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Is there a linked list in C++ that I could just #include? Or do I need to create my own if I want to use one?

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5 Answers 5

up vote 15 down vote accepted

As daniel notes, yes, std::list. Usage would be:

#include <list>
// ...
std::list<int> listOfInts;
listOfInts.push_back(1);
// ...

And so on.

You can find a complete list of STL classes here. The section you're after is 3.2, Container classes. Another useful reference of the C++ Standard Library is here.

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thanks...................... –  user69514 Nov 14 '09 at 20:15
    
This is a double linked list, which allows for Bidirectional traversal, the SGI STL (and some others) also define single linked lists, see sgi.com/tech/stl/Slist.html for example. –  Matthieu M. Nov 14 '09 at 20:59
    
But the element in the list has no info about its predecessor and its successor... That may be required... –  Offirmo Feb 21 '13 at 13:56
#include <list>
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In c++ we have the STL, Standard Template Libraries which do contain a a lot of implemantations of popular algorithms like stacks, queues, linked lists and poular searching and sorting algorithms even.....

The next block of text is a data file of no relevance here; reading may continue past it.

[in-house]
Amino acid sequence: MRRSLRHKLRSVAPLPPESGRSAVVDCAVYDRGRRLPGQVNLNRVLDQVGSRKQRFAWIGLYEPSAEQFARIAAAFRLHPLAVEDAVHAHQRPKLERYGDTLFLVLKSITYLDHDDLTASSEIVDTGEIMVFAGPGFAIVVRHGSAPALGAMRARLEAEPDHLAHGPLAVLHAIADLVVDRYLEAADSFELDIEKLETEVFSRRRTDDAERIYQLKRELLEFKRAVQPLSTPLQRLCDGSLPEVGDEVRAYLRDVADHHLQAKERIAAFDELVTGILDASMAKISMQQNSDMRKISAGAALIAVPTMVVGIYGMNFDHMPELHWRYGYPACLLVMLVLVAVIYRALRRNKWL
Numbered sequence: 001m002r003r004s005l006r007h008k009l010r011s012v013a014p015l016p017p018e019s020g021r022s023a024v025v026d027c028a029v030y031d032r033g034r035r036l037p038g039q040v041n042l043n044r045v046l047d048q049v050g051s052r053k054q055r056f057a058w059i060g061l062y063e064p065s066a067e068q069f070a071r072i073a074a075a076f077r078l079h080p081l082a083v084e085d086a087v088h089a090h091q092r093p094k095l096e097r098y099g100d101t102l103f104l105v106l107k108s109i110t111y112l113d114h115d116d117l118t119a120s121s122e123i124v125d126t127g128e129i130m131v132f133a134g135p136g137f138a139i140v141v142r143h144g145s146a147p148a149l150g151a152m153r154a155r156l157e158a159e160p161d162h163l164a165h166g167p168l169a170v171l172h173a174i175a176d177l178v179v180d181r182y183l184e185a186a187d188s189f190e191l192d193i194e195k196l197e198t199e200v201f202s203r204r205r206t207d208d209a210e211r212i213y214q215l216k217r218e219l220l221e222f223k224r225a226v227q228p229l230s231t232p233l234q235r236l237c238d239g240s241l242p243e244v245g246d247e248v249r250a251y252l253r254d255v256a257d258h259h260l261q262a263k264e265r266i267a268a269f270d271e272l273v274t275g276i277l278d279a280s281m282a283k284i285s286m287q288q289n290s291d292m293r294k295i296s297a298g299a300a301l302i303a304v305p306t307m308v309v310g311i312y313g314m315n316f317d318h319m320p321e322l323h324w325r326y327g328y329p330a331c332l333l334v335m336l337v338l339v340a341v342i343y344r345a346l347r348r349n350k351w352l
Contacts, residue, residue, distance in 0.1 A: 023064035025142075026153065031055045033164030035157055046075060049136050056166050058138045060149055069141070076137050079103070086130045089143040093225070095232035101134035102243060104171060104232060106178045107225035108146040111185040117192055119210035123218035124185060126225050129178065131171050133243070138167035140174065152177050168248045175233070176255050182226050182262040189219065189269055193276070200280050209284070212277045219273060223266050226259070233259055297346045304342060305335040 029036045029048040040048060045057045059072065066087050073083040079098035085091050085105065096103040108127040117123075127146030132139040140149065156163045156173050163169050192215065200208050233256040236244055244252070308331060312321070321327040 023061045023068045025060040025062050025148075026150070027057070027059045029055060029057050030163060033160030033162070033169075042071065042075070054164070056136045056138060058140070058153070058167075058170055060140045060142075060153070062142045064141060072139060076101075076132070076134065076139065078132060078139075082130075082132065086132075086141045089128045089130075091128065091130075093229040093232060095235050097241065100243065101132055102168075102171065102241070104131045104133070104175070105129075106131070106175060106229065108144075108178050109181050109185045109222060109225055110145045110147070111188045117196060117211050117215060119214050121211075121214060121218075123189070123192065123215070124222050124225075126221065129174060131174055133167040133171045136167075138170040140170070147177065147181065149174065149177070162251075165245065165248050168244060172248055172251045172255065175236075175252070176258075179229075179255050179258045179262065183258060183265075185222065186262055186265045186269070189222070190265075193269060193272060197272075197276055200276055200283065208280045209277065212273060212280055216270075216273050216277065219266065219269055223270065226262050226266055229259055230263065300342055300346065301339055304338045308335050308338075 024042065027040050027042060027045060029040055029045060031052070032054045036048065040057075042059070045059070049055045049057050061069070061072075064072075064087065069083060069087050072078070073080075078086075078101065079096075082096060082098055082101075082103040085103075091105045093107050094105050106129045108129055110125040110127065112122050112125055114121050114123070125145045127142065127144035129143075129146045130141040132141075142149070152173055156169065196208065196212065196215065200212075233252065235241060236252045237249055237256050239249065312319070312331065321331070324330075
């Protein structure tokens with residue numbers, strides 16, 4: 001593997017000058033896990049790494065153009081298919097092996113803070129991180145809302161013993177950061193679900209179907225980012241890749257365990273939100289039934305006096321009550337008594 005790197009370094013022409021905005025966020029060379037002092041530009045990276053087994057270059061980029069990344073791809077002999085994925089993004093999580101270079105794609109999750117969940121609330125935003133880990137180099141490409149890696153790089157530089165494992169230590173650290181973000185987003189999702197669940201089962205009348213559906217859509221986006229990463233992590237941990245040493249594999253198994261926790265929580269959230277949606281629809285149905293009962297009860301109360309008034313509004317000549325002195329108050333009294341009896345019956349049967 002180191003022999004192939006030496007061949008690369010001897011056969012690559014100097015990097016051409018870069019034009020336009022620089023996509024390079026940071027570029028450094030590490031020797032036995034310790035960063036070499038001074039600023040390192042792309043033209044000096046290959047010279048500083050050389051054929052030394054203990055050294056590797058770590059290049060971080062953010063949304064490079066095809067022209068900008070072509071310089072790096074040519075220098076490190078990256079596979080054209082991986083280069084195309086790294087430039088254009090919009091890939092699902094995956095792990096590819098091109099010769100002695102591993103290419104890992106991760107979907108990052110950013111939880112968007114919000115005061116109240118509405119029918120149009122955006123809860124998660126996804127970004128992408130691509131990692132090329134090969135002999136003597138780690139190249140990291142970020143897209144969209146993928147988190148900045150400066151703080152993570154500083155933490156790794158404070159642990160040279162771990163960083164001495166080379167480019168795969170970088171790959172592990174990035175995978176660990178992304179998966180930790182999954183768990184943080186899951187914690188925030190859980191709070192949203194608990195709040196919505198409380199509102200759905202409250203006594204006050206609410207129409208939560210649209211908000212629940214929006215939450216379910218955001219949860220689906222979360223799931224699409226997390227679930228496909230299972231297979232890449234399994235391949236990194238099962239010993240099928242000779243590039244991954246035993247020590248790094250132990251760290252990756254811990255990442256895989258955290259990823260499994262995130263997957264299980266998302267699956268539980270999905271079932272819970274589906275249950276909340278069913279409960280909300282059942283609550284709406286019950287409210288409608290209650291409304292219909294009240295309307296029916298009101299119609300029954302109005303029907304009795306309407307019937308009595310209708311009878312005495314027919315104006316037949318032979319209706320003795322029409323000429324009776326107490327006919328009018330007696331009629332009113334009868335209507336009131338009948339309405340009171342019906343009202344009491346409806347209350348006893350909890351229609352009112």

As already told by daniel you can include it by #include< list>

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STL List

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If you are open to looking into Qt, you might want to try out their containers (like QList, QMap, and the very cool QString). QList supports the C++ iterator pattern, as well as the arguably easier "Java-style iterators"...which look more like this:

QList<QString> list;
list << "A" << "B" << "C" << "D";

QListIterator<QString> i(list);
while (i.hasNext())
    qDebug() << i.next();

The idea that C++ programmers should always use the standard library should be taken with a grain of salt. For lists, maps, strings, and almost everything else...you will find that high-profile projects often use something else. The source code to Mozilla has 9 of its own different concrete classes for strings, because std::string just didn't meet their needs for internationalization/etc.

While you shouldn't always use the C++ standard library in every kind of project, you should definitely know HOW to use it. It contains classes that are extremely general, well-tested, well-documented, and available on every installation. This makes it a good baseline for communicating with other C++ programmers about algorithms / etc.

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Recommending not using language features...hm. –  GManNickG Nov 15 '09 at 5:00
    
No, I recommend developing an awareness of alternatives (especially when those alternatives are used in practice by many professional C++ programmers). –  HostileFork Dec 15 '09 at 1:41

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